Why couldn’t I stop?

I moved to the country in an attempt to opt out of this perpetual state of doingness and I think it’s helped. When friends come to visit from the city, I notice how quickly their minds and their mouths move and I sense how quickly my mouth and my mind wants to start moving in response. Something must have changed in order for me to notice this. Maybe my median-state nowadays is a lot slower than it used to be. I certainly spend more time caring for myself and less time in traffic or going nowhere on a X-trainer for 30 minutes every second day, before food shopping at Coles and hating myself.

When I had my period, however, absolutely everything stopped. The stoppage went beyond my usual countryside pace. I worked at the shop, but that’s about all I could actively, physically “do”. I thought about what I’d been reading, I thought about catching up with people, I thought about the next performance project and I thought about exercising. I didn’t even get to my high school reunion because I could sense socialising during this time was going to result in a series of situations akin to Vincent Gallo being interviewed or Marina Abramovic’s The Artist is Present.

Nothing could be “done”, but the quality of my thinking about things was very refined. I may have been staring at the ceiling, but whatever scraps of genius I may possess were looking back at me. I could sense this state of contemplation potentially being of assistance in the long run, and according to Miranda Gray in The Optimized Woman, it is. She calls it “The Reflective Phase” in a woman’s cycle and believes it to be phenomenal for accessing the subconscious and a nearing-on-constant state of meditation. She writes that daydreaming, trying things out in the imagination and letting go of what doesn’t matter while menstruating is hugely valuable and sets us up for the more active phases in the month ahead: ‘Accept the phase, enjoy the phase… Allow for downtime.’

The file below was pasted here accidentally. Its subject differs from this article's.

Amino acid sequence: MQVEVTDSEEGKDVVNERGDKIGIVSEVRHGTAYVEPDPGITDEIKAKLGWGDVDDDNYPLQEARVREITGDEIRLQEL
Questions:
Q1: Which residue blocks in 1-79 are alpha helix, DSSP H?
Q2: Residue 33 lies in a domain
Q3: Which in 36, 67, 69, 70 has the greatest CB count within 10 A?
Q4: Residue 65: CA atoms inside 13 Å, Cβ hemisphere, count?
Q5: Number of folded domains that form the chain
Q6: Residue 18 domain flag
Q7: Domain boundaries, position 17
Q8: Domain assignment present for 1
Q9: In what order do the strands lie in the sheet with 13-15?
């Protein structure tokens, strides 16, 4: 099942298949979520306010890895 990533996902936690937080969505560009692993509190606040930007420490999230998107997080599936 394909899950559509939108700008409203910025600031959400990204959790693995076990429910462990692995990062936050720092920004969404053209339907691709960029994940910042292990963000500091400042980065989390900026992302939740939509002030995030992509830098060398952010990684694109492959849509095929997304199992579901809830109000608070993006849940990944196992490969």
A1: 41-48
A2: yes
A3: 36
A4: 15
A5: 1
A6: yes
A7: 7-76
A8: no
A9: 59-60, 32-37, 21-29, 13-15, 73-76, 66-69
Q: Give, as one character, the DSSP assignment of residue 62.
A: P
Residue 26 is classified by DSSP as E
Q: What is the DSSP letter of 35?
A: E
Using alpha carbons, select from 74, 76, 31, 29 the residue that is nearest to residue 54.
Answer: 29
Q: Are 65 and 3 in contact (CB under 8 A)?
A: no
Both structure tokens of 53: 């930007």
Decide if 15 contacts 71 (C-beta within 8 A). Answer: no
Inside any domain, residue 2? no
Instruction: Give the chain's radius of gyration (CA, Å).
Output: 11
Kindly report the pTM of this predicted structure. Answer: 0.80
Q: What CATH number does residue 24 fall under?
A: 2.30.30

So the next time my period comes around ‘Stop,  Just Think About It’  lands first place on the to-do list.



The doer does it because that’s all she can do. If she didn’t, nothing would get done. If she didn’t, nobody else would do it. They never do, so why should they start now? They probably wouldn’t do it even if they could, and she knows that so she just does it. Now all she knows is doing it, because they never did it. And why would they consider doing it now? Particularly given she’s the one who’s been doing it all along? They know she’ll do it again, because that’s what she does. It always gets done when she’s the one doing it, no harm done. Especially when it gets done. So she just does it. Even if they did it, she wouldn’t notice, because she normally does it. What else can she do?